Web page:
Jul 17, 2024  
2022-2023 Academic Catalog 
2022-2023 Academic Catalog [Archived Catalog]

Department of Anthropology and Geography/Environmental Resources

This department has two independent academic programs.  The main contact person is listed below for each academic program.

Anthropology Richard Wallace, Ph.D., Director
Geography and Environmental Resources Peggy Hauselt Ph.D., Director and Department Chair 

Interdisciplinary Minors

In addition to the major programs in Anthropology and Geography and Environmental Resources listed below, the Anthropology program administers the following interdisciplinary minors, open to students in any major:

Geography and Environmental Resources program administers the following interdisciplinary minors, open to students in any major:


Richard Wallace, Ph.D., Director

Professor: Arounsack, Bell, Wallace, Miller-Antonio, Arounsack
Associate Professors: Frost
Assistant Professors: Logan

Office: Bizzini Hall 215
Phone: (209) 667-3127

The Anthropology major offers basic preparation for careers requiring contemporary cross-cultural understanding and awareness of cultural heritages. Due to the growing global nature of today’s job market, cross-cultural training is often an employment prerequisite. The major emphasizes archaeology, cultural, biological, medical, visual, and applied aspects of anthropology. It is also designed for students planning to teach social and biological sciences, and for students preparing for graduate work in anthropology and its various geographical areas/interdisciplinary specializations such as Latin American Studies, Asian Studies and African Studies.Training in Anthropology is ideal for pursuing a career in many related fields such as forensic science, biology, medicine, public health, law, ux (user experience) research, marketing and market research, public administration, community development, urban planning, and environmental conservation.


Geography and Environmental Resources

Peggy Hauselt Ph.D., Director and Department Chair 

Professor: Hauselt, Helzer, Avwunudiogba
Associate Professor: Díaz-Garayúa, McNally

Office: Bizzini Hall 215
Phone: (209) 667-3127

The Geography and Environmental Resources Bachelor of Science offers an integrative perspective on the relations among social, political, economic, and biophysical processes that affect interconnections between people, environments, and places starting with a 25 unit upper-division core. Students then select one or more areas of concentration to complete the major: Applied Geography (12 units) or Environmental Resources (15 units). The major prepares students for a variety of careers and/or advanced study by educating them about Earth’s patterns and processes and their social, economic, and resource context. It also provides students with an array of technical skills and sustainable methods that have practical application for examining key issues facing society, resource use, and the environment. Students will be prepared for a variety of fields including geospatial technology, urban and regional planning, transportation, sustainable development, natural resource management, public health, marketing, tourism, international business, government agencies, and non-governmental organizations.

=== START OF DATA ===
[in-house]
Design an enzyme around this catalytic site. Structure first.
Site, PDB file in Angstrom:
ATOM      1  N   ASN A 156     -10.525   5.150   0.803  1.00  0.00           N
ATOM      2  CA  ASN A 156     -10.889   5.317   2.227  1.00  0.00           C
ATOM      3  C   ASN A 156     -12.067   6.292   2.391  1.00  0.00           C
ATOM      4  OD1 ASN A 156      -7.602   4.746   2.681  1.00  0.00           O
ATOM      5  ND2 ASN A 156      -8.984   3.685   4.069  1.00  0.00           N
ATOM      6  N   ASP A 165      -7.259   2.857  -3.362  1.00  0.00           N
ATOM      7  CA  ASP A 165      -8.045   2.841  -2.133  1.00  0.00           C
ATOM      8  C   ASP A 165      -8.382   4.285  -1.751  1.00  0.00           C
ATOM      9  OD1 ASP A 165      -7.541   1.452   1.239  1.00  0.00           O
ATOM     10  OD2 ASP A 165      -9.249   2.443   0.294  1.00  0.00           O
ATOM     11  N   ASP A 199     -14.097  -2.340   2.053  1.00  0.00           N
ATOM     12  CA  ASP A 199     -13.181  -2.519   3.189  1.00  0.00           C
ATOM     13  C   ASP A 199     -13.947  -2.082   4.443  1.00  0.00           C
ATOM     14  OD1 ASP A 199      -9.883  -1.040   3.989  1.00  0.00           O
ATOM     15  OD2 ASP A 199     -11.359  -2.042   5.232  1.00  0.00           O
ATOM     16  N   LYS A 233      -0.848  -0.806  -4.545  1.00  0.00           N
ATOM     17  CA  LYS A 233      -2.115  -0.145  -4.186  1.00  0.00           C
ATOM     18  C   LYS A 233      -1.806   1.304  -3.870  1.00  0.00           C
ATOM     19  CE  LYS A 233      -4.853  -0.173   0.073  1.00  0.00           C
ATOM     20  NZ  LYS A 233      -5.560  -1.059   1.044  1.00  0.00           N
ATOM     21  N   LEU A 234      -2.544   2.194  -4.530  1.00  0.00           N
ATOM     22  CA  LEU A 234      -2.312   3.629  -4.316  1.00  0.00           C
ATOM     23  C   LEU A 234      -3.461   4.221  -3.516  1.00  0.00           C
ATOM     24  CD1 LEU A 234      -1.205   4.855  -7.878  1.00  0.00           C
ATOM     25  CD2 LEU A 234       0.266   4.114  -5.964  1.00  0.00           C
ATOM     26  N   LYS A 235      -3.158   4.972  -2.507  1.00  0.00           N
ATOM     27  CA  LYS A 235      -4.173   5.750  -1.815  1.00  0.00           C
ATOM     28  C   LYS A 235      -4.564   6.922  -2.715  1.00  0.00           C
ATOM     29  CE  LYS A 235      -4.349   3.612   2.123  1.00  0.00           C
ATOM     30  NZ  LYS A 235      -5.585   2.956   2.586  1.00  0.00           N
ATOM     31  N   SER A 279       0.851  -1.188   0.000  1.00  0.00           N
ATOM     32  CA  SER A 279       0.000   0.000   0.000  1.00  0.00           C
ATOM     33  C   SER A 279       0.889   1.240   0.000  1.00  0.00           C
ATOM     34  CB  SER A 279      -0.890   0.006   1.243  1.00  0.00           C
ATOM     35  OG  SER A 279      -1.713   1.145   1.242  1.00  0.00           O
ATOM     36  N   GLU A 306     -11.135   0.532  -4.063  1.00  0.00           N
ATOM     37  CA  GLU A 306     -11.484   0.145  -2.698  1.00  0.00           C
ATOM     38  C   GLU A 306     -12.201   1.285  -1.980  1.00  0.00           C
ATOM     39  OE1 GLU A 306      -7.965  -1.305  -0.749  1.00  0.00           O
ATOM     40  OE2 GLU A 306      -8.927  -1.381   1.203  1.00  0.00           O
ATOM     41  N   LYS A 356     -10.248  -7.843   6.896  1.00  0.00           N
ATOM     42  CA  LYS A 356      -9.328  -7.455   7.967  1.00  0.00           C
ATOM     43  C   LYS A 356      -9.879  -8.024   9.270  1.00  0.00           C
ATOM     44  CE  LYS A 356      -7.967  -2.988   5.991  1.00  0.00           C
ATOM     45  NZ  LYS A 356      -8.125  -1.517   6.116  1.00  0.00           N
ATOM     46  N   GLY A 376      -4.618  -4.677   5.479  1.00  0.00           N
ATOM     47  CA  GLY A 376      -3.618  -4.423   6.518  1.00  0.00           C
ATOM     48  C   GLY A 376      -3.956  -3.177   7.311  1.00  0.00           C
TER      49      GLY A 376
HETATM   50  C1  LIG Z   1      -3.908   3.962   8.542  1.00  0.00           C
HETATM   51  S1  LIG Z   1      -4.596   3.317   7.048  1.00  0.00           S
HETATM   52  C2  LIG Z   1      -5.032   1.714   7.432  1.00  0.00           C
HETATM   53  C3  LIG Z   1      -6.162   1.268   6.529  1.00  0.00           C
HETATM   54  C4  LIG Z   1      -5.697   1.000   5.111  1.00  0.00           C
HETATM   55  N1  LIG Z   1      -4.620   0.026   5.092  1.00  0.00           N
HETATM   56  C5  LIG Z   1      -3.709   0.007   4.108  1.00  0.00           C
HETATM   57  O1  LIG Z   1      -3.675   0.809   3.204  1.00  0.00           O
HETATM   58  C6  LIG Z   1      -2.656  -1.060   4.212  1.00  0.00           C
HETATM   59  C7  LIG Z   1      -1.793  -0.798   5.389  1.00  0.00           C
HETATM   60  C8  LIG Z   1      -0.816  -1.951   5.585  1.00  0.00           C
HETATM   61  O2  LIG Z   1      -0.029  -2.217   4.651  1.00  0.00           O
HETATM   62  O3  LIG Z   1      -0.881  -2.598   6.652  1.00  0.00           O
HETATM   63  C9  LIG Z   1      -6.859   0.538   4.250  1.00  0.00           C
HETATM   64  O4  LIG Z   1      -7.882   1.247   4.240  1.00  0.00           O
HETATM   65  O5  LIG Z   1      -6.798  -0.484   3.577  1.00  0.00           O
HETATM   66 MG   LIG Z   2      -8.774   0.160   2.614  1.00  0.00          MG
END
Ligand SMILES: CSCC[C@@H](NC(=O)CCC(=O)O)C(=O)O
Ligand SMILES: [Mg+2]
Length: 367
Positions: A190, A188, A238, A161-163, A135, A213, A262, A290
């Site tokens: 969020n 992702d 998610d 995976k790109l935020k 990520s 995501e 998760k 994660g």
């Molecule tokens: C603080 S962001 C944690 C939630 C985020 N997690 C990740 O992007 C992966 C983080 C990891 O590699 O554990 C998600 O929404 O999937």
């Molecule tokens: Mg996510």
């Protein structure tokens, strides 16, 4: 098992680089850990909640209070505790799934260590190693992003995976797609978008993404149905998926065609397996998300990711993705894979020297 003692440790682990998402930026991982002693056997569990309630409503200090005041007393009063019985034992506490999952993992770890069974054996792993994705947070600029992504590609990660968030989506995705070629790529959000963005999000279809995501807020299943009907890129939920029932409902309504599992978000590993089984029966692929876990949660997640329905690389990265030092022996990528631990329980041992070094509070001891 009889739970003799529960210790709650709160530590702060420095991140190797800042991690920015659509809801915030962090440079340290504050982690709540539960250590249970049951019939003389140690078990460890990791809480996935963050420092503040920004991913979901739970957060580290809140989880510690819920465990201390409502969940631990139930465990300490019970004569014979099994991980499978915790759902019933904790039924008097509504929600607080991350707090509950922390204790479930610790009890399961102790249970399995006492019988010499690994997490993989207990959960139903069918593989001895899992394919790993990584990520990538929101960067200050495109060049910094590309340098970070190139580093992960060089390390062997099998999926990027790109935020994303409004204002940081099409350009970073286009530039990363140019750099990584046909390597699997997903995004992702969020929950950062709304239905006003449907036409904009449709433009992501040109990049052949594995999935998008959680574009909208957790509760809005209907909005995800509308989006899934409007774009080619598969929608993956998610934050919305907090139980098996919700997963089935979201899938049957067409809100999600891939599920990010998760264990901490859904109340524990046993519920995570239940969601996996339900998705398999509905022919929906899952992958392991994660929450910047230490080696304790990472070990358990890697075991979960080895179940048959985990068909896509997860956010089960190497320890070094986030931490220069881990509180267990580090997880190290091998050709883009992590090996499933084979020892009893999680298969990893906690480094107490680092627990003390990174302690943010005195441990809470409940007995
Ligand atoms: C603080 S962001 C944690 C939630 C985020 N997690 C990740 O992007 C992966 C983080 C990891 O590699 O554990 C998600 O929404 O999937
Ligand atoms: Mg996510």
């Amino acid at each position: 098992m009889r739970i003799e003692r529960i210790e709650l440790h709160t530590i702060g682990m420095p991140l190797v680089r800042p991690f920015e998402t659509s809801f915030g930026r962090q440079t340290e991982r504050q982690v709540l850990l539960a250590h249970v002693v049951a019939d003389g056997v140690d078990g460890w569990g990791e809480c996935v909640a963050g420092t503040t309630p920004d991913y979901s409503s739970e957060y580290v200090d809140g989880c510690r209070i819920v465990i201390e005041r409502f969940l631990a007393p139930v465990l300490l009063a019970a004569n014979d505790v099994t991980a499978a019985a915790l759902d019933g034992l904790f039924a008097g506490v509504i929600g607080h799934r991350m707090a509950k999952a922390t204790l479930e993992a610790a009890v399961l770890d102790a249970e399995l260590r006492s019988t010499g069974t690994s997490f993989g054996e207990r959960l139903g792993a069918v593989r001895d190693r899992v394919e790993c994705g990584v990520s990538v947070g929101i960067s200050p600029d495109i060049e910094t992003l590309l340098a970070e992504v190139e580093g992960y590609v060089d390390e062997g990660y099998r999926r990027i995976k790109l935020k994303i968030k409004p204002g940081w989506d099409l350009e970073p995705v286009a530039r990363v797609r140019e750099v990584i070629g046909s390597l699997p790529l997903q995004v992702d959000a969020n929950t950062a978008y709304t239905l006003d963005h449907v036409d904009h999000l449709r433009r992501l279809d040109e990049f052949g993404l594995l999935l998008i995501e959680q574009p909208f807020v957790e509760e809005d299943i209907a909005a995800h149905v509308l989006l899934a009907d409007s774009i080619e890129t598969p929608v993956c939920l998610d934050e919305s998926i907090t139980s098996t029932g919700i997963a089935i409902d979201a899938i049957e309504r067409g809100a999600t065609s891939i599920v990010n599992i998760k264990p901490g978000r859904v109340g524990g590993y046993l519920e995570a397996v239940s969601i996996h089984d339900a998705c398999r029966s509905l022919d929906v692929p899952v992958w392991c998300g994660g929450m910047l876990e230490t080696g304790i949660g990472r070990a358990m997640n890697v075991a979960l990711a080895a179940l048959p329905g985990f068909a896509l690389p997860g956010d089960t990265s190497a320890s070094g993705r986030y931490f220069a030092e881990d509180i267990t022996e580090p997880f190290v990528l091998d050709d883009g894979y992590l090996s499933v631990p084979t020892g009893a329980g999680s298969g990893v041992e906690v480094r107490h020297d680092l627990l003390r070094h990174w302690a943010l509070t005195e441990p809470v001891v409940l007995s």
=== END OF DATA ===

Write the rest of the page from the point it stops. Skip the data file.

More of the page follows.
Experiential learning, community engagement, and service learning are hallmarks of the program. Additionally, the program strongly supports field and international educational experiences and encourages students to investigate opportunities for fieldwork and overseas study. Certain study abroad courses, offered through the CSU International Programs, are equivalent to courses in Geography & Environmental Resources and may be used to fulfill requirements for degree options.


Program Learning Outcomes

Anthropology Program Learning Outcomes

Anthropology majors will be able to:

  1. Recognize the value of diversity in contemporary and past societies and cultures around the world.
  2. Explain the holistic relationship between human culture and biology that is central to the 4-field discipline of anthropology.
  3. Apply anthropological perspectives to real world problems. 
  4. Demonstrate strong analytical reasoning, critical thinking, public speaking, and professional writing skills in anthropological coursework and co-curricular activities.
  5. Demonstrate a sophisticated understanding of the theoretical orientations and development of anthropological thought.
  6. Demonstrate advanced skills in research methods appropriate to one or more of the subfields of anthropology.

Geography and Environmental Resources Program Learning Outcomes

Geography/Environmental Resources majors will:

  1. Demonstrate skills in geospatial analysis and understand the interpretive capacity of geospatial technologies and their place in society.
  2. Demonstrate understanding of the earth’s physical and environmental processes.
  3. Analyze the natural and human processes that affect society and the environment in specific regions and locales.
  4. Apply qualitative and quantitative methodologies to help our communities, monitor natural areas, plan sensible urban developments, and observe human trends.
  5. Examine the diversity of peoples, places, and environments within a specific region or around the world.
  6. Evaluate the theories and philosophies underlying geographical and environmental inquiry.